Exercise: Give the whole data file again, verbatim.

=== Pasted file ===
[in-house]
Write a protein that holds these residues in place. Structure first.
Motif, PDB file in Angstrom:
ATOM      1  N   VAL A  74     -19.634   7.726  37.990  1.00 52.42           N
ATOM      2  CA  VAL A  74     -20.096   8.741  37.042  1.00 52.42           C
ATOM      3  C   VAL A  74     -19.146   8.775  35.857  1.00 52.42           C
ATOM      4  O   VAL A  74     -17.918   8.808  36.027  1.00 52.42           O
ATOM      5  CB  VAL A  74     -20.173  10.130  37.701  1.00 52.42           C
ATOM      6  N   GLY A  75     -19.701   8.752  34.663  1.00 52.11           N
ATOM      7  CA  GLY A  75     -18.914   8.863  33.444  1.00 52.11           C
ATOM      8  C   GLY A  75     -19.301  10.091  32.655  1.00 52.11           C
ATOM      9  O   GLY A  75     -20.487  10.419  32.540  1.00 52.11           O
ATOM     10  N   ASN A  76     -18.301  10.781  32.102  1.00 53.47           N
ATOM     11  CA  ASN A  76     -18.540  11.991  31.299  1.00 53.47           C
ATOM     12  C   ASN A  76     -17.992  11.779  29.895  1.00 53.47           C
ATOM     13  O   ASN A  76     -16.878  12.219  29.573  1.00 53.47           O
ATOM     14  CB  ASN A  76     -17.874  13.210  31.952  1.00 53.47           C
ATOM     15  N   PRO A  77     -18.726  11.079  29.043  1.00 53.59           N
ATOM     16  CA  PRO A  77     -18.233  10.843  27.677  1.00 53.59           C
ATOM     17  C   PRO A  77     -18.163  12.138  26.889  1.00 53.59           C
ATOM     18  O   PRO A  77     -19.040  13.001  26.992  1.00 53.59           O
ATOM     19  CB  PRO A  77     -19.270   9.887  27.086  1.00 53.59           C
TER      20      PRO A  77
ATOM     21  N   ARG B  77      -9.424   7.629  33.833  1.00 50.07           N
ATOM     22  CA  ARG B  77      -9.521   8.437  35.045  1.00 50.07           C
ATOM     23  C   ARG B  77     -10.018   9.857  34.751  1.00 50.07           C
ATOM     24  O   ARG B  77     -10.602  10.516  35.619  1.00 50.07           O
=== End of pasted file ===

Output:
[in-house]
Write a protein that holds these residues in place. Structure first.
Motif, PDB file in Angstrom:
ATOM      1  N   VAL A  74     -19.634   7.726  37.990  1.00 52.42           N
ATOM      2  CA  VAL A  74     -20.096   8.741  37.042  1.00 52.42           C
ATOM      3  C   VAL A  74     -19.146   8.775  35.857  1.00 52.42           C
ATOM      4  O   VAL A  74     -17.918   8.808  36.027  1.00 52.42           O
ATOM      5  CB  VAL A  74     -20.173  10.130  37.701  1.00 52.42           C
ATOM      6  N   GLY A  75     -19.701   8.752  34.663  1.00 52.11           N
ATOM      7  CA  GLY A  75     -18.914   8.863  33.444  1.00 52.11           C
ATOM      8  C   GLY A  75     -19.301  10.091  32.655  1.00 52.11           C
ATOM      9  O   GLY A  75     -20.487  10.419  32.540  1.00 52.11           O
ATOM     10  N   ASN A  76     -18.301  10.781  32.102  1.00 53.47           N
ATOM     11  CA  ASN A  76     -18.540  11.991  31.299  1.00 53.47           C
ATOM     12  C   ASN A  76     -17.992  11.779  29.895  1.00 53.47           C
ATOM     13  O   ASN A  76     -16.878  12.219  29.573  1.00 53.47           O
ATOM     14  CB  ASN A  76     -17.874  13.210  31.952  1.00 53.47           C
ATOM     15  N   PRO A  77     -18.726  11.079  29.043  1.00 53.59           N
ATOM     16  CA  PRO A  77     -18.233  10.843  27.677  1.00 53.59           C
ATOM     17  C   PRO A  77     -18.163  12.138  26.889  1.00 53.59           C
ATOM     18  O   PRO A  77     -19.040  13.001  26.992  1.00 53.59           O
ATOM     19  CB  PRO A  77     -19.270   9.887  27.086  1.00 53.59           C
TER      20      PRO A  77
ATOM     21  N   ARG B  77      -9.424   7.629  33.833  1.00 50.07           N
ATOM     22  CA  ARG B  77      -9.521   8.437  35.045  1.00 50.07           C
ATOM     23  C   ARG B  77     -10.018   9.857  34.751  1.00 50.07           C
ATOM     24  O   ARG B  77     -10.602  10.516  35.619  1.00 50.07           O